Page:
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John Birch was organist and master of the choristers at Chichester Cathedral, where he served from 1958-80, then at The Temple Church, London, until 1997, following in the footsteps of George Thalben-Ball, Walford Davies and EJ Hopkins. He was only the fourth organist there since 1841.

Prom 43: Royal Philharmonic Orchestra/ Litton, Royal Albert Hall

There are programmes and there are Proms programmes and this three-tier special was of mythic proportions.

Gordon Lorenz: Producer and songwriter best known for his No 1 ‘There’s No One Quite Like Grandma’

It's hard to write about Gordon Lorenz without being condescending. He produced easy listening music for the silent majority, and as a songwriter his best-known composition was "There's No One Quite Like Grandma", which admittedly was a No 1.

The Royal Ballet, O2 Arena, London

Two houses, both alike in dignity...first Covent Garden and now the 02

Chris de Burgh, Royal Albert Hall, London

Swaggering onto the stage sporting a buccaneer's waistcoat, Chris de Burgh initially looks like he watched his Pirates of the Caribbean DVDs a little too closely when penning his latest (and 18th) album – 2010's Moonfleet & Other Stories.

Musical youth: Proms opens with teen – and closes with youngest conductor since 1904

The BBC Proms, the world's most prestigious classical music festival, is to make way for the fledgling talent and relative inexperience of a 19-year-old debutant pianist, the youngest Last Night conductor in more than a century and a 22-year-old who only learned her instrument in the 1990s. The pianist, Benjamin Grosvenor, will have just turned 19 when he becomes the youngest soloist to appear at the Proms' First Night on 15 July.

Symphonies for the dancefloor

A new club anthem mixes Paganini with dreamy vocals and dance beats. But how radical is it? Chris Mugan explores the chequered history of the pop-classical crossover

Nicola Benedetti: Still young, but now a proper star

The violinist won BBC Young Musician of the Year six years ago, aged 16. She tells Jessica Duchen about her new CD, her Stradivariusand why practice makes perfect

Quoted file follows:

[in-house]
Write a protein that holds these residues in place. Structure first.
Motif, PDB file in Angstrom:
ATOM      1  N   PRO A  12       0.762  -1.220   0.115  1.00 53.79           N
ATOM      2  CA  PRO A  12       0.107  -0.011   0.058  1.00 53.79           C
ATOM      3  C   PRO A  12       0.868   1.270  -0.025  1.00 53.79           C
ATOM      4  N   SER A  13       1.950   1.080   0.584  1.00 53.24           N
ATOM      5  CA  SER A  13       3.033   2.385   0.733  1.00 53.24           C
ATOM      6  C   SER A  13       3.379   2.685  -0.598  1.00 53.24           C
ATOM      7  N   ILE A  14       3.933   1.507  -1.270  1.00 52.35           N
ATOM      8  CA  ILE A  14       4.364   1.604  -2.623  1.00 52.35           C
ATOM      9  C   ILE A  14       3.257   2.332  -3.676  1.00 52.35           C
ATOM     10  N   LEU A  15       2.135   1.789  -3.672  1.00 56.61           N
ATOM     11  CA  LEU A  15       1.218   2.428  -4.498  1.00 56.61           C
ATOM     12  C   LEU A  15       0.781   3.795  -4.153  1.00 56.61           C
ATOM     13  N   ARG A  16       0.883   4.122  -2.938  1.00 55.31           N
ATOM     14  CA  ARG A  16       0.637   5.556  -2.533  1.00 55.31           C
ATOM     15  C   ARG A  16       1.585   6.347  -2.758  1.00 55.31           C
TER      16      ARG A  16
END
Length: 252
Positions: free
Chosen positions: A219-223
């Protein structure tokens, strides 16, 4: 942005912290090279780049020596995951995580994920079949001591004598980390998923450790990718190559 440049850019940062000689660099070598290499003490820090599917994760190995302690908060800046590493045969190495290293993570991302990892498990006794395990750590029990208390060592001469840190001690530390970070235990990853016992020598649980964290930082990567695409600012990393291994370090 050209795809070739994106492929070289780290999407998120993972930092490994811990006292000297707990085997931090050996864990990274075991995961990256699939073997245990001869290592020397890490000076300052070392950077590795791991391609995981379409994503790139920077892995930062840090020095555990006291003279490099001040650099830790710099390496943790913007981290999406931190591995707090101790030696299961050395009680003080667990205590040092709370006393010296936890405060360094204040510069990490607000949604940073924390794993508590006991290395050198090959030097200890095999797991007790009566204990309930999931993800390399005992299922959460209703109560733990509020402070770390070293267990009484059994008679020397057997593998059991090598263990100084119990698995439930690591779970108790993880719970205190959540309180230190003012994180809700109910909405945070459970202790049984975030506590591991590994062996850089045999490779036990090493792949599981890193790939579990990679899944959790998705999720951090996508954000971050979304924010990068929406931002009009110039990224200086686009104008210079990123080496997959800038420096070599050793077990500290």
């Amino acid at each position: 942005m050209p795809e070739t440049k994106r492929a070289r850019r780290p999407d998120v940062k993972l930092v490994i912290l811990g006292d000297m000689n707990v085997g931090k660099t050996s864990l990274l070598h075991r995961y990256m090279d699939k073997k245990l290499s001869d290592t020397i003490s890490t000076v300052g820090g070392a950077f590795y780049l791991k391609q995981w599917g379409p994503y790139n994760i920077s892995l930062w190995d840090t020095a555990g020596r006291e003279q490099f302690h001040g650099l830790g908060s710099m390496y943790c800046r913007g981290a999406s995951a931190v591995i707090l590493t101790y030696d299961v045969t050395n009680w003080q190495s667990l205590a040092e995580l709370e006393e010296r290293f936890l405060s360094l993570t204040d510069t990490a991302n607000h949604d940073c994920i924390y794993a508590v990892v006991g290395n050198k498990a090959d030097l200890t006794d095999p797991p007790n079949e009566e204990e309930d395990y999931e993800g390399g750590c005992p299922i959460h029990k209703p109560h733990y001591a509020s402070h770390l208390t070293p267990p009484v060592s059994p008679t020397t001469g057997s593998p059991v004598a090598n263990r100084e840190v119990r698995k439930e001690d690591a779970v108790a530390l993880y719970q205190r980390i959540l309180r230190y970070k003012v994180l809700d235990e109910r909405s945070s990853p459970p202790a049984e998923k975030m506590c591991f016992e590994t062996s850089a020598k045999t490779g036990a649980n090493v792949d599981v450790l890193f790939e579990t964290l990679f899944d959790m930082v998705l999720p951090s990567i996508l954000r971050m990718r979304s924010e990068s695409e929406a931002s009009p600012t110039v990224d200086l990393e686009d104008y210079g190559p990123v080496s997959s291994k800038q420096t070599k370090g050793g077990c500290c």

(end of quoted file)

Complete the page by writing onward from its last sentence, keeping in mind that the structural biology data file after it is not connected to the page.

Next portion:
Business Diary: Help with your hyrdopower

Did you think silly government "advice" pamphlets pushing Whitehall insanity had been killed off by the demise of New Labour and the advent of austerity? You'd be wrong if you did. Climate change minister Greg Barker's come up with a doozy. Visiting "a successful community hydro scheme" (translation: water wheel) in the Peak District he announced that former mills and water turbines brought back to life will now be eligible for financial support under the feed-in tariff. Fair enough. But in case you needed help with waking up your water resources there's now a (drum roll) "Hydropower Help Guide" being launched. Perhaps we could cut some more emissions with its hot air?

How the Proms turned populist (without offending the purists)

This year, everyone is welcome at the Albert Hall. David Lister salutes a vintage season

Il Divo Christmas, Hammersmith Apollo, London

I hope we can contribute tonight to you getting in the spirit of Christmas," smiles tenor Urs Bühler, with that gaze of a man who knows that Il Divo fans need little more than harmonious revamps to get them in the spirit of anything, really – especially if it's a middle-aged female who's joined in the festivities to soak in the glistening Spaniard Carlos Marín, who, when announcing that the quartet would be singing "Hallelujah", was promptly met by said fan's orgasmic "yes, yes, yes!", leaving the balcony in stitches.

Robert Kirby: Musical arranger who worked with Nick Drake and Elvis Costello

The musical arranger, conductor, composer and multi-instrumentalist Robert Kirby was best known for the delicate, understated arrangements he created for Nick Drake on Five Leaves Left, the singer-songwriter's 1969 debut, and its 1970 follow-up, Bryter Layter. These albums, together with Pink Moon – the musician's bleak third album recorded without Kirby – only sold a few thousand copies at the time of their release, and following Drake's death after an overdose of antidepressant drugs in November 1974, he was almost forgotten.

Business Diary: Racing TV tunes up for classical music fans

Racing TV is conducting a novel experiment to pull in the punters. To support the niche gamblers who couldn't bring themselves to lay down a tenner on the 2.30 at Newmarket without some banging tunes, the channel will provide the perfect antidote. In what it calls a "groundbreaking" move – or should that be "earsplitting" – the 7.20 Handicap at Kempton Park will have the Royal Philharmonic Orchestra sitting on the jumps track, playing "The William Tell Overture". A few suggestions to spice up the next race: "Wild Horses" by the Rolling Stones, or how about "Nags To Riches" by Elvis Presley?

First Night: Star Wars, A Musical Journey, O2 London

May the fortissimo be with you, always
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